Eco-Friendlier House & Household

Things to do once we move:

1. Replace as many lightbulbs as possible with eco-friendly fluorescents.
2. Buy a composter and use it!
3. Find a substitute for the little plastic bags we use for Jane's lunches.
4. Look into rooftop solar panels (for next year).
5. Assess transportation needs. Do we need a new car? What about a bicycle? A jogging stroller?
6. Plant new trees to replace the rotten ones we had to cut down (sigh).
7. Call National Grid and switch from coal-generated electricity to something greener.
8. Assess cost & environmental impact of window A/C units versus a new compressor. Last summer we only needed A/C for the two really hot weeks in July/August. But window units aren't especially efficient.
9. Do a better job shopping at local farmers' markets & using local CSA offerings...
10. Find ways to minimize the non-recyclable content of food packaging (e.g., coffee, frozen foods) and recycle or reuse the rest, especially the plastic containers


Breakfast With Jane

I am one-third of the way through my first cup of coffee when Jane announces: "Cinderella isn't real."

"No. She's just a story."

"When I turn five, I want to visit Cinderella's castle."

When I hear "I want," I think: Run Default Child Deferral Module #244: "We'll see."

I don't think anymore. I just reflexively "parent." Jane calls this "mommying."

"But she's not real."

"Who's not real?" The coffee is slow to kick in this morning.


"Oh! Of course. I guess if she's not real, her castle isn't either."

"No." Jane twirls her hair. "That gives me an idea."


"It starts with Once upon a time..."


The Pitcher Inn, VT

Architect David Sellers, proprietor of The Pitcher Inn has taken old home restoration to a whole other level. The old structure is still mostly the same. But each guest room has been decorated to the teeth according to a various Vermont themes, from skiing to Chester Arthur. This place is definitely not the W, where the place is designed primarily to disappear while you're in it. Rather, the idea is, apparently, to inhabit someone else's extremely well-kitted out fantasy for a while.

Which has something to do with shopping. On the Pitcher Inn's web site, there's a blurb from some travel writer who remarked that staying at the Pitcher Inn was like "staying inside the J. Peterman catalogue."

On the other hand, if you feel like it, you can buy the furniture at the W, too.


Used Books Are Nice

Jane is flipping through my latest purchase, Roger Chartier's The Order of Books: Readers, Authors, and Libraries in Europe Between the 14th and 18th Centuries.

She points to a page on which the book's previous owner underlined a sentence in pencil. "There's writing in it."

"It's a used book," I tell her. "That's part of the charm."

"Used books are nice," she says after a moment. "They remind you of other people."

My Funny French Tutor

"Mom, do you know what ma cherie means?"

"Of course not, ma cherie. What does it mean?"

"It means ... little cabbage."



"The truth is that I have always hated the Viennese coffeehouses because in them I am always confronted with people like myself, and naturally I do not wish to be confronted with people like myself, and certainly not in a coffeehouse, where I go to escape myself. " -- Thomas Bernhard, Wittgenstein's Nephew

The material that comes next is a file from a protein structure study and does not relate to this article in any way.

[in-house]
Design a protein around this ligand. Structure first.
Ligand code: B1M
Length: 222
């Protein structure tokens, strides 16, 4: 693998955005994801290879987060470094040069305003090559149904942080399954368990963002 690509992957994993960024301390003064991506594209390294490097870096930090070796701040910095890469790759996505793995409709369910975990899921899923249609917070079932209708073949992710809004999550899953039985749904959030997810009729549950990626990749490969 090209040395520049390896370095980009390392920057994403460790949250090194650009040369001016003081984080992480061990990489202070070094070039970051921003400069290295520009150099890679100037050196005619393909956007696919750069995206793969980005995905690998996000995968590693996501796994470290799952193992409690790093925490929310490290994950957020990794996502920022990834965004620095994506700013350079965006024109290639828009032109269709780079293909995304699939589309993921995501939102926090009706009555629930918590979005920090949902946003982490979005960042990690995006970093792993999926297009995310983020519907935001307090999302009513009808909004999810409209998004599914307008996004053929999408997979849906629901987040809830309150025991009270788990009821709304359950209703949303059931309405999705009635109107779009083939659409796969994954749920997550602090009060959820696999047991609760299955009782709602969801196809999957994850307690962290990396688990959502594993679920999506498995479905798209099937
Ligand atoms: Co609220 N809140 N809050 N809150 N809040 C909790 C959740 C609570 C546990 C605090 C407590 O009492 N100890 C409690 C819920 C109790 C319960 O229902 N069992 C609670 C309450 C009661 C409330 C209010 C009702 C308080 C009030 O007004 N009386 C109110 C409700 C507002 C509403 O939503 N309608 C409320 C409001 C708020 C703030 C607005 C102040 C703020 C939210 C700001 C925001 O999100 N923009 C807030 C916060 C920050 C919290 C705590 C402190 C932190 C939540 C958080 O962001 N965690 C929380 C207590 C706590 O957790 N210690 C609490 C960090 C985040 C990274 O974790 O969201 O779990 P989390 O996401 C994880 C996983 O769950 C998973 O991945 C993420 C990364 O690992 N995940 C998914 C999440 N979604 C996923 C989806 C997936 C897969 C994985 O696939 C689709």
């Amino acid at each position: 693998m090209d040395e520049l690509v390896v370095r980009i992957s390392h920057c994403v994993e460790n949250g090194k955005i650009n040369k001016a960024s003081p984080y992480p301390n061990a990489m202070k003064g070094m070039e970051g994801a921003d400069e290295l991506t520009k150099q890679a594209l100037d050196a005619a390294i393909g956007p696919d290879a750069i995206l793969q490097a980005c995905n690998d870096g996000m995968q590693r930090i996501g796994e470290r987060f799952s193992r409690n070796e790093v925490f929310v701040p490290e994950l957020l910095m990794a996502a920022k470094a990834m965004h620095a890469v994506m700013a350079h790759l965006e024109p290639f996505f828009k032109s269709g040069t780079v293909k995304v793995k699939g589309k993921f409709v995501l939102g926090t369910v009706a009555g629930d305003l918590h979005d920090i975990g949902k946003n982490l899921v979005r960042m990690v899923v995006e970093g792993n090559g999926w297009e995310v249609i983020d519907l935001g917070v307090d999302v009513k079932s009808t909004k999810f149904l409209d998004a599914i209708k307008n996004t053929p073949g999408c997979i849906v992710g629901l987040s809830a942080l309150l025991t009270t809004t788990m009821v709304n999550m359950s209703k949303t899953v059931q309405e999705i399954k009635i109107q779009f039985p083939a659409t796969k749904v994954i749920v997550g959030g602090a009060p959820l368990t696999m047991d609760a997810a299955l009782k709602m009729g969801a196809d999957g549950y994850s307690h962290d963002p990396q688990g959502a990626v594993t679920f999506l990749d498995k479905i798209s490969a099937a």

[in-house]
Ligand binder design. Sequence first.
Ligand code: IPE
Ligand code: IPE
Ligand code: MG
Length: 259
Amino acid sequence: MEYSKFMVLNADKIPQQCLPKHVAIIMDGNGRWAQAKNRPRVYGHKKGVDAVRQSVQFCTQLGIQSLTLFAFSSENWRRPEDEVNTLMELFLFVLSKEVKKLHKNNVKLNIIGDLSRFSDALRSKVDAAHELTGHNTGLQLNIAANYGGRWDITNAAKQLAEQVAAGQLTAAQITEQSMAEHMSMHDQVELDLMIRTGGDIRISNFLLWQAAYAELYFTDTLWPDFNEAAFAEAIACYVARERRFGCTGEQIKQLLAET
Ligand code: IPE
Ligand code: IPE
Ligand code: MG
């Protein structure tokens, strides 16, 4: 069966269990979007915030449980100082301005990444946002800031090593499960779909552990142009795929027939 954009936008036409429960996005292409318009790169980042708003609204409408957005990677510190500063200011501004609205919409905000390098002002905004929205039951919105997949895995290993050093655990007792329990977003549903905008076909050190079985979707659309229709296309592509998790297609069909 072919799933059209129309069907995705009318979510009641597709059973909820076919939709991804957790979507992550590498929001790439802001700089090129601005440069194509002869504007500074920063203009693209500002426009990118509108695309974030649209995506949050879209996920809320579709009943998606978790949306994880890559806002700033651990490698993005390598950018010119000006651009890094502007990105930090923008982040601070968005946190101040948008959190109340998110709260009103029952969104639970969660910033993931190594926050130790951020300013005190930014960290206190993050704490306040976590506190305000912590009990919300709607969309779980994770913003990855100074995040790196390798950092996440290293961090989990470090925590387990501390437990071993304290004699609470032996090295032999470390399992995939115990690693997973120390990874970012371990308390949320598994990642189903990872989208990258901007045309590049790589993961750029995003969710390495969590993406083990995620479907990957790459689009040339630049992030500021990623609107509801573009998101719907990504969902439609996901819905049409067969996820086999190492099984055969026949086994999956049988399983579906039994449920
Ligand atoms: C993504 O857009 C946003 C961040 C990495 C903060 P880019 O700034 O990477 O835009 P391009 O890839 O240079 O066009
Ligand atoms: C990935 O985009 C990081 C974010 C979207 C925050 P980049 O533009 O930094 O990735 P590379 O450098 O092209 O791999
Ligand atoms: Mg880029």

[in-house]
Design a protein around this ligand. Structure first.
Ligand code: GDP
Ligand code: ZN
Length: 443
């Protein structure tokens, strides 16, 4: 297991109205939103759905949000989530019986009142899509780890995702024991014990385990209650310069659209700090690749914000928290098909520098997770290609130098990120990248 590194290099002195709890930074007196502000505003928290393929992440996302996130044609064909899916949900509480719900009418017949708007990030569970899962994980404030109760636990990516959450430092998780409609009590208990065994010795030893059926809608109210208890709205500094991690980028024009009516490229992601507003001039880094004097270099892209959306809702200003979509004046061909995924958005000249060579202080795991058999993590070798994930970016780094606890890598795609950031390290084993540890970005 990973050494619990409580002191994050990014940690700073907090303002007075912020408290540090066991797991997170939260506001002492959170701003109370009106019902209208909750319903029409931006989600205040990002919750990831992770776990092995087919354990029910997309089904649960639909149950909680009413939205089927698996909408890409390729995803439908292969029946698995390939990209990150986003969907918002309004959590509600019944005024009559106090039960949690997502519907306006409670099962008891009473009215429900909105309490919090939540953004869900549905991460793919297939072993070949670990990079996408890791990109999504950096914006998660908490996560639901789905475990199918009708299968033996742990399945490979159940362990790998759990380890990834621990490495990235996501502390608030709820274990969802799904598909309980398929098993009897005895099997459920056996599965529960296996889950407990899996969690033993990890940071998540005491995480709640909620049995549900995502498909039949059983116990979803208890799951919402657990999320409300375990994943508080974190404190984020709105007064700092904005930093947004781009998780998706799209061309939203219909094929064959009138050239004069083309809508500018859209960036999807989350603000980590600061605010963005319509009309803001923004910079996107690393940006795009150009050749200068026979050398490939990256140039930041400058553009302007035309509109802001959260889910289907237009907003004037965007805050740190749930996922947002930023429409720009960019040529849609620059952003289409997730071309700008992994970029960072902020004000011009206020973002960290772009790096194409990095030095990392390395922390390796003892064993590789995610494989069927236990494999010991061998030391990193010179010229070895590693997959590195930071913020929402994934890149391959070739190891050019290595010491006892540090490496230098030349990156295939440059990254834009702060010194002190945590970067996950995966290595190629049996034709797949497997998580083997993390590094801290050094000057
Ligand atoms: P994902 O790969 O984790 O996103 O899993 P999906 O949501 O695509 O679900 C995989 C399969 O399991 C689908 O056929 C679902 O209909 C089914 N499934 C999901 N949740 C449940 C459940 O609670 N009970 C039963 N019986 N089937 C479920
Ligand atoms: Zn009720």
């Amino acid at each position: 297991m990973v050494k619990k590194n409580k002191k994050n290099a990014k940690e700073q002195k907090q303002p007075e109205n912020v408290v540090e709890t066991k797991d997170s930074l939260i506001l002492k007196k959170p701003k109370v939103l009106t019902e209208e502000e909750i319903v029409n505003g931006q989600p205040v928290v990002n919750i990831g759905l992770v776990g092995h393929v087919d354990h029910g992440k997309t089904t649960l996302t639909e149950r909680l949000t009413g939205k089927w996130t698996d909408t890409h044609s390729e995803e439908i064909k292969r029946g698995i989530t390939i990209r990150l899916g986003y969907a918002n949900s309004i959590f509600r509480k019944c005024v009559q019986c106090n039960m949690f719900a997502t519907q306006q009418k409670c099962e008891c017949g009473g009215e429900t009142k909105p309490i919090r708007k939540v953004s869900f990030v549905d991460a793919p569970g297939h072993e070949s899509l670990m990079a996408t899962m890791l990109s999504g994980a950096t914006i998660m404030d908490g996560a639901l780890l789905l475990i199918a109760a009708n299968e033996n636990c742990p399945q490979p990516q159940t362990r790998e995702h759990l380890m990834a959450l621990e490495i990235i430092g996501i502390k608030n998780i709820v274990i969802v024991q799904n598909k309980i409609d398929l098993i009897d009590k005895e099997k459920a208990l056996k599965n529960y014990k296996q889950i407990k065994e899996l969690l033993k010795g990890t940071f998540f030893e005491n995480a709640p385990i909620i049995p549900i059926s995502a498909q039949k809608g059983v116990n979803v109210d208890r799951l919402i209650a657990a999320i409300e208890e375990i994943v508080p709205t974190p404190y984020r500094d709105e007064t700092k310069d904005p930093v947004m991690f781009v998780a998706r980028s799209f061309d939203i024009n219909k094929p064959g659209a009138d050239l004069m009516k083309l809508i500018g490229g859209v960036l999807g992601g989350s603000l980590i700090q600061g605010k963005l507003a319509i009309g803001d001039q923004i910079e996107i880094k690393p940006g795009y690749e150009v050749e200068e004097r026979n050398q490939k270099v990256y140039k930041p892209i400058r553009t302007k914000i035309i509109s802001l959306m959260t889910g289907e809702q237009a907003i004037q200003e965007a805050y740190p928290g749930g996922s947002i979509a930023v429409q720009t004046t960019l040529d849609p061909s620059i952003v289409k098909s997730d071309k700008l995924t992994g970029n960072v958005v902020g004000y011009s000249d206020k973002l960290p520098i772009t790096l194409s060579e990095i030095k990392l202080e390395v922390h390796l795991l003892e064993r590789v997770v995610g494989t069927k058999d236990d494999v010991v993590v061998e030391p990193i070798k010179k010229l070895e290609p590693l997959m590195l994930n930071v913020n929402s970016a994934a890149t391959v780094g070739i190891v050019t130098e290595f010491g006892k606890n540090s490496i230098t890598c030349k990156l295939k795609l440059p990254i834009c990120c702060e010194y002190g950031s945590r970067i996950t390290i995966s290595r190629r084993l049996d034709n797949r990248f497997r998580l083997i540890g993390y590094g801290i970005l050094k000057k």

I love Off the Map, a presentation (by PBS) of paradises made by everyday people. The web site is just like the works themselves - there's lots to pick up and play with.

Much transformation, also, of discarded stuff by curation - putting the item into an orderly context. The presence of order - just that - lends a meaningful aura to the object. These sites start with trash, discards, junk - but they are not junkyards.

(Note to self: compare with Vanessa Bell's Charleston house and Purcell's book about Owl's Head. Later: Also, My House, My Shack. Different ideas of home, of the "personal," the "intimate," and the relationship of all these concepts to some transcendent ideal, or paradise.)

Below: the book as termite paradise (identified, isolated, photographed and curated by Rosamond Purcell into an accidental work of art):

On the OTM web site, you can even make your own "backyard paradise".

Click 'n drag sure beats planning, sweat and aggravation, plus no heavy lifting and no bugs.


Exercise for a Workaholic With a Desk Job

Before I began to write in a serious way, I had a block of free time most days between morning coffee and work, and another between work and dinner. When I could, I used that time for exercise. But starting in 1999, I began to use those blocks for writing.

So for years now I have been trying to figure out how to fit regular exercise into my schedule. MIT professor Henry Jenkins has a great idea: Exercise while you work!

"My doctor wanted me to exercise. I knew I would never do it since it would take time away from work. So I decided to integrate it into my professional life. I now have walking office hours. I will take a student or colleague with me on the two mile walk around the Charles I take most days, weather permitting. It both insures that I get my exercise and that I get to know the people I work with better."

This practice has an added benefit that Jenkins notes but doesn't emphasize - it's also a way to work in some socializing. Instead of going for coffee, why not take a walk? Hmm...


Paula Scher's Diagram of a Blog

Could also be the diagram of an academic Q&A. In any case, a sad vision of the online so-called life of the mind. So-called.